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Skylake self-build, Joseph Graham 2017

I built this at the start of 2017 because my 2008 AMD desktop was struggling with workloads such as compiling large programs, and some heavyweight web-pages.

Cost was important for me, but I had certain requirements I really wanted:

stylish grey desktop box

Parts I chose

I decided to go for an Intel processor, because at that time AMD's lineup was not performance-competitive with Intel's. Also I know that the integrated graphics in Intel's processors works great with Free Software.

Intel "7th gen", KabyLake had just been released, but I decided to build my computer using "6th gen", Skylake. This is because my favourite Operating System, Debian, takes a long time to add support for new processors, so SkyLake is the newest generation likely to be well supported.

I decided to order the case and motherboard first, and have them in hand before ordering anything else. This is because they are the core components of the machine and have the biggest effects on compatibility.

I chose to use the MicroATX form factor, because this form factor is big-enough for a 5.25 inch optical drive whilst not being unnecessarily huge like ATX.

First parts:

Having received these I got a processor:

I bought the bulk of my parts from Scan, at a cost of £380:

I didn't buy a graphics card. This is because I am happy to use the integrated graphics provided by the processor.

From I got £70 worth of cooling upgrades:

Total spend for the computer was almost £700.

stylish black desktop box

Building it

The case is well made and I like it.

Everything was generally easy to put together, however I had some minor issues:

The power supply provided a slight disappointment. It's a modular power supply which means I only have to plug in the cables I need. This ought to mean less unneeded cables in the computer. However it turned out that the only cable that's not modular, the one that powers the motherboard, is quadruple overlong and really fat. So I have a huge mass of cable anyway. It's otherwise a very nice power-supply though. And I appreciate that it has the 80+ bronze rating (means it's energy efficient).

Another minor issue is the fact that the motherboard only has one system-fan header, so I had to use an adaptor to power the frontal fan off of a SATA-power plug.

The BIOS that came pre-installed on the motherboard had really terrible fan control settings. The BIOS is proprietary so I couldn't fix it myself, but fortunately, downloading and flashing a newer BIOS partly solved my issue.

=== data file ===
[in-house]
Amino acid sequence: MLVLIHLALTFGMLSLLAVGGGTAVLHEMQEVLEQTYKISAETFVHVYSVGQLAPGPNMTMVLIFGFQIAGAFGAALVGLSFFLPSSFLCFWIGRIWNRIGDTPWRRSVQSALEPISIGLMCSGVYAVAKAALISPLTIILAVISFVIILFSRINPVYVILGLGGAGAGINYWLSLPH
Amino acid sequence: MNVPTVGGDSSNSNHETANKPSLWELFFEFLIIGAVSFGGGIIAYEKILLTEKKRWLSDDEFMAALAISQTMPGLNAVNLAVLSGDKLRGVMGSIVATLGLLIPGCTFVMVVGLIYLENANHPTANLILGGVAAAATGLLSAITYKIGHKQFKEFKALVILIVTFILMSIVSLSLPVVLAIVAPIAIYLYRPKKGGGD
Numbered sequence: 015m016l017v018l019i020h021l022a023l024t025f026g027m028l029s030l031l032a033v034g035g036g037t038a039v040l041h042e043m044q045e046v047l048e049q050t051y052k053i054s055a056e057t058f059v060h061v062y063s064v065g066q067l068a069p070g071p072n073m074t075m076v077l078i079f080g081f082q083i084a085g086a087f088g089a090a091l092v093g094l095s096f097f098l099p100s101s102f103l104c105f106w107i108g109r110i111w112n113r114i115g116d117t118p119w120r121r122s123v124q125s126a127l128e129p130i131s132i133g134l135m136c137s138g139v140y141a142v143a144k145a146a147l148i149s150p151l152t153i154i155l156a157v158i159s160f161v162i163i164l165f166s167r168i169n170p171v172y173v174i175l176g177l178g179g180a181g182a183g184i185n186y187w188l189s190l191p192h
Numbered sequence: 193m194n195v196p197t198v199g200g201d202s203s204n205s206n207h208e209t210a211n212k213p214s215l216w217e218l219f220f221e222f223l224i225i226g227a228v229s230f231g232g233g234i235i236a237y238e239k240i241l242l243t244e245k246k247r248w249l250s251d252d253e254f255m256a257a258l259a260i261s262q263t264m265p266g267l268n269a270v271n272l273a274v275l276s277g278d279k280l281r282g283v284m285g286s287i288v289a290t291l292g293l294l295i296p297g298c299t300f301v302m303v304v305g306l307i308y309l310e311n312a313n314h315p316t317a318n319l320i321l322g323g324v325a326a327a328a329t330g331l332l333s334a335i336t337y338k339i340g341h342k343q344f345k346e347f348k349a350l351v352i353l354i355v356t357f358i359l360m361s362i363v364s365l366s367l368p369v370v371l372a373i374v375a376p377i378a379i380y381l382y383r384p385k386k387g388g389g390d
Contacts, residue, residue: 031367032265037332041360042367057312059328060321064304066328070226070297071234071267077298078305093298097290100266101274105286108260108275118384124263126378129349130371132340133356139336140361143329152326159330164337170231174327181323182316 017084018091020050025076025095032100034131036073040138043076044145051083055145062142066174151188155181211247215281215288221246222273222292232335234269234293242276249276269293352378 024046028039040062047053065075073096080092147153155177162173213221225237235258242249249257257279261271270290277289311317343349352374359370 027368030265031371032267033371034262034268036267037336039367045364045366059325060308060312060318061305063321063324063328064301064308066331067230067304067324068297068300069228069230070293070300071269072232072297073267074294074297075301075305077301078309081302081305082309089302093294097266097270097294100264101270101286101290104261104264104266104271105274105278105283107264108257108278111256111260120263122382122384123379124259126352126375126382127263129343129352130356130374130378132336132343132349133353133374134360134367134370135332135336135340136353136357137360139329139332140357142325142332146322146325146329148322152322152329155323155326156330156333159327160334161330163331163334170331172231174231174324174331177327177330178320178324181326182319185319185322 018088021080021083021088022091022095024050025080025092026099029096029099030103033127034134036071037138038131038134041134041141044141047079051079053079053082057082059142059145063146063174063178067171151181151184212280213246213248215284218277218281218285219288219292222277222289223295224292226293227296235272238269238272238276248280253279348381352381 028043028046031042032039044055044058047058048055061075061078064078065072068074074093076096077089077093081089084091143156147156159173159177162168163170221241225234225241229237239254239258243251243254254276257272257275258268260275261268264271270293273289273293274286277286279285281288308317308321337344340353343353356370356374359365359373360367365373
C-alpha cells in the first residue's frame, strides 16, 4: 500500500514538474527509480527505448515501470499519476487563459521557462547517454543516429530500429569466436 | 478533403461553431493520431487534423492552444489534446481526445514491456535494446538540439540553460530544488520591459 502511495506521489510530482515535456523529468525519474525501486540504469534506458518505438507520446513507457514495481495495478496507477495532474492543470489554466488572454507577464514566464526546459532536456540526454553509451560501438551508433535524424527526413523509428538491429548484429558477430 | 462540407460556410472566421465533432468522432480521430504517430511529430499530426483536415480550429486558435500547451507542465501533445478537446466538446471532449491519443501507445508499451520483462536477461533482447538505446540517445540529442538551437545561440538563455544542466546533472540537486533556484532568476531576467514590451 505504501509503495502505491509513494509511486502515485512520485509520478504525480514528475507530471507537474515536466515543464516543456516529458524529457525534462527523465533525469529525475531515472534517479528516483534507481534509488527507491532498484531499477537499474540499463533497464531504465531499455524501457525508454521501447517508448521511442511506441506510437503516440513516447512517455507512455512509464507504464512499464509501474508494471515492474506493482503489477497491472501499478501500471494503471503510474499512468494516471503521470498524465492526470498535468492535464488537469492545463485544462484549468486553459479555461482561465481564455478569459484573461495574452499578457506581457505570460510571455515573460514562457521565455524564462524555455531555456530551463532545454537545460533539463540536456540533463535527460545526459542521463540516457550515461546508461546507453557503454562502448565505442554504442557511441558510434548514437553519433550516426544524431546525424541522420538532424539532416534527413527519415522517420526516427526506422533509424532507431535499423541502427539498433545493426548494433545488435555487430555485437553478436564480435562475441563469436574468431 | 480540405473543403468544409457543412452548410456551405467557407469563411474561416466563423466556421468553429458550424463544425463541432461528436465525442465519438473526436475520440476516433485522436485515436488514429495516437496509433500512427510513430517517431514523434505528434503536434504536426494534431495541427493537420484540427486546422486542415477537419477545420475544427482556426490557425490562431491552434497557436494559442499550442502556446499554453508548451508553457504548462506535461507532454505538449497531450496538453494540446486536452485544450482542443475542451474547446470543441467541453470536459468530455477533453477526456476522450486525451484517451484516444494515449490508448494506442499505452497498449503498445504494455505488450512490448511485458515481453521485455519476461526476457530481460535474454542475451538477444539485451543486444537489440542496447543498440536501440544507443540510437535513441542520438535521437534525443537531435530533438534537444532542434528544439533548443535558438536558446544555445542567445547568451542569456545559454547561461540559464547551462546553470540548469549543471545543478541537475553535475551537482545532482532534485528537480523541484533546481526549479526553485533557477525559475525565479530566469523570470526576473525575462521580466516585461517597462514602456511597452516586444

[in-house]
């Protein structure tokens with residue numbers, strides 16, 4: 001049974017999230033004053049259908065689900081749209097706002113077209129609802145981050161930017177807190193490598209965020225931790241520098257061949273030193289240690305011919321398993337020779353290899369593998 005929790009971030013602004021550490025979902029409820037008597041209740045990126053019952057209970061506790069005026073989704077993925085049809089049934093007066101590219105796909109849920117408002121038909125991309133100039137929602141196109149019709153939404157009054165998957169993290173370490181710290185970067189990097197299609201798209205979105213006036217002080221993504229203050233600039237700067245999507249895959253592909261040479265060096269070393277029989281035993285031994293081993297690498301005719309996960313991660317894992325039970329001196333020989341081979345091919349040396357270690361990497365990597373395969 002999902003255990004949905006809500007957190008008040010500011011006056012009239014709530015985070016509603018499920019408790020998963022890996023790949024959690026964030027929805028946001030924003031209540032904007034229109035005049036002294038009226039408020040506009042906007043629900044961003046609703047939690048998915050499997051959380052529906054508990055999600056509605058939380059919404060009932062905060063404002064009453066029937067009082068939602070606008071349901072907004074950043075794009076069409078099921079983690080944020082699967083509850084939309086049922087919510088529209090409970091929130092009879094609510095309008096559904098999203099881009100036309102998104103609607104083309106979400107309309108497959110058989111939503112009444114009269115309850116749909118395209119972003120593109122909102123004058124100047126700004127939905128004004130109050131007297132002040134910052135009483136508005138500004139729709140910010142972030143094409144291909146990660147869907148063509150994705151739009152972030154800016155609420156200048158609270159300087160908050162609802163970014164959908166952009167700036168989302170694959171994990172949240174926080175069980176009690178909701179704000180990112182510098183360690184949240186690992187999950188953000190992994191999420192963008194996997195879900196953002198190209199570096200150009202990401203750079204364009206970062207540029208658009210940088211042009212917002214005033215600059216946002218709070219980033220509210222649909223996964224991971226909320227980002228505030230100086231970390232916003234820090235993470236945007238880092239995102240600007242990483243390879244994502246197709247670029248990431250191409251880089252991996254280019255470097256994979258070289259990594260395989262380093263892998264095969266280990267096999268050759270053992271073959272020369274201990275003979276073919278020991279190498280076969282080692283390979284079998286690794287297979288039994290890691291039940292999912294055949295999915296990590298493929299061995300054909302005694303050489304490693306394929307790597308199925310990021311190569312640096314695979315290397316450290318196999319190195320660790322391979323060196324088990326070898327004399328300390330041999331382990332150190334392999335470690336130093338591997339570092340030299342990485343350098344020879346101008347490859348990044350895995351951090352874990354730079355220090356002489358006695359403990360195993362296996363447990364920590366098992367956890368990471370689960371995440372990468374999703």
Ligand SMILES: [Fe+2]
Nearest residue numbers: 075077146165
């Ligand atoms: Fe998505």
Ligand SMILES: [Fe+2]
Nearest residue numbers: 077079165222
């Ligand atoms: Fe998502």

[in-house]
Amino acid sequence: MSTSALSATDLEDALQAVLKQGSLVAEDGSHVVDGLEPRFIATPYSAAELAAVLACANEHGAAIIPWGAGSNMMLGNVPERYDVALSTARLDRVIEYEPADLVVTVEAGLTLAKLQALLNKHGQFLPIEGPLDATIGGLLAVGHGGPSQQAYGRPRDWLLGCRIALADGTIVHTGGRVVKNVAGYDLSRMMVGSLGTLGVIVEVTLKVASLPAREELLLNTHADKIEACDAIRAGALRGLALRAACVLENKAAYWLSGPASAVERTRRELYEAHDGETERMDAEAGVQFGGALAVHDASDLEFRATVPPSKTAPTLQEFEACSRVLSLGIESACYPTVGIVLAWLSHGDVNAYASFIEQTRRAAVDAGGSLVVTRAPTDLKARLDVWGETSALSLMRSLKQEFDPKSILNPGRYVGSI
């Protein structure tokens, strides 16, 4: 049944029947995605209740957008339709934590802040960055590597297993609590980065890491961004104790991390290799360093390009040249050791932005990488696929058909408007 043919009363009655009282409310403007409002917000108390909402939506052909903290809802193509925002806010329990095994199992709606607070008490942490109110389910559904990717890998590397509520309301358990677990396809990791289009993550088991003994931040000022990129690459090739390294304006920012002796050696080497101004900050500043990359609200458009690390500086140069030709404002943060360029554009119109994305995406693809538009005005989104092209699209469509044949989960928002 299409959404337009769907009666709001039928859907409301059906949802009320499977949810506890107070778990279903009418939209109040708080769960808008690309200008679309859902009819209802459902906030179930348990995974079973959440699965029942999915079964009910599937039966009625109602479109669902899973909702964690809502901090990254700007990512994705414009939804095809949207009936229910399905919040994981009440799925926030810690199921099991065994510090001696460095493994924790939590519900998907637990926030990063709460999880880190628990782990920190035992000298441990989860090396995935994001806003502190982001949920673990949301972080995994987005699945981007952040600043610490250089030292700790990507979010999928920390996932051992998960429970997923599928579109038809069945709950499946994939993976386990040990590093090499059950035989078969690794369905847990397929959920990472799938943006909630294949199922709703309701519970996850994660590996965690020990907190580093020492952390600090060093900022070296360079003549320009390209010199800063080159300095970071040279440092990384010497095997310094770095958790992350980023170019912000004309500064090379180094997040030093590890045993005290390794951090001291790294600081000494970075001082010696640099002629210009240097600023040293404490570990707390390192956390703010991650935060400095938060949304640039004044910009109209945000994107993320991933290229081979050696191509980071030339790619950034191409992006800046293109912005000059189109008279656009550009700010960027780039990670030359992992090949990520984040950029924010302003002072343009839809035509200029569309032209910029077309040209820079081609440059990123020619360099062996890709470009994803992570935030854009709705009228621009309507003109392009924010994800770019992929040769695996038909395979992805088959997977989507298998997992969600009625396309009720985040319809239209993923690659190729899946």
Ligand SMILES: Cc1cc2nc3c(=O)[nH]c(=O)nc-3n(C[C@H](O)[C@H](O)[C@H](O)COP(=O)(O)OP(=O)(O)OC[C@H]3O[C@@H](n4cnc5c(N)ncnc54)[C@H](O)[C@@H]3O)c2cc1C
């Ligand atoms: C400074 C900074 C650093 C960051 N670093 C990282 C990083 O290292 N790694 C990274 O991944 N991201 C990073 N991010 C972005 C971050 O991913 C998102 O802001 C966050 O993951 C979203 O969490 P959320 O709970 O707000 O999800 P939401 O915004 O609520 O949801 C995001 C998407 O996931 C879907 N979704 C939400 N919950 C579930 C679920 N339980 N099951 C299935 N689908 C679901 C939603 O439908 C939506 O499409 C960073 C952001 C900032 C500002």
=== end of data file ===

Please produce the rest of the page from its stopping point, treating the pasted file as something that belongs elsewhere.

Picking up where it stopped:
Still however the CPU fan speed tends to oscillate between fast and slow under load. I thought mboard manufacturers had worked out how to solve this years ago. For example you can have a stepped speed design where the threshold to jump up to and drop down from a speed are different.

Another BIOS issue is present in the newer version. When I set up the self-encryption on the SSD, the BIOS kept trying to boot the wrong thing. The only way to fix this was to disable all alternative boot devices (putting the SSD as the highest priority drive was not-enough, BIOS thinks it knows better).


The result is fab. The computer is faster, quieter, and more energy efficient than my old computer. It meets all objectives.

It runs a fully Free Operating System, Debian, just fine. As Debian Stretch still hasn't been released, at the moment I run Debian Jessie on it, getting kernel and graphics components from the backports repository to have proper support for SkyLake.

What I might have done differently

The most problematic item was the motherboard. Especially it's BIOS, which is both shit and proprietary (thus unfix-able). So if I built it again I would spend more money or choose a different brand for my motherboard. BIOS will still probably be proprietary as this is industry standard practice, but hopefully less shit.


Case: Antec NSK 3100 MicroATX case
Processor: Intel i3 6320
RAM: 16 GiB DDR4 2133MHz UDIMM non-ECC dual-channel memory
Integrated Graphics: Intel 530
Storage: 525GB Crucial MX300, 2.5inch
Connectivity front: 2 x USB 3.0 ports
audio microphone jack, 3.5mm
audio headphone jack, 3.5mm
card reader
Connectivity back: audio line-in jack, 3.5mm
audio microphone jack, 3.5mm
audio line-out jack, 3.5mm
4 x USB 3.0 ports
2 x USB 2.0 ports
VGA port
DVI port
HDMI port
Optical drive: ASUS DRW-24D5MT 24x SATA DVD/CD Rewriter
Networking: Gigabit ethernet port
Penguin Wireless N PCI card; IEEE 802.11b/g/n
Dimensions: width: 180mm
height: 365mm
depth: 430mm

Article Copyright 2017 Joseph Graham

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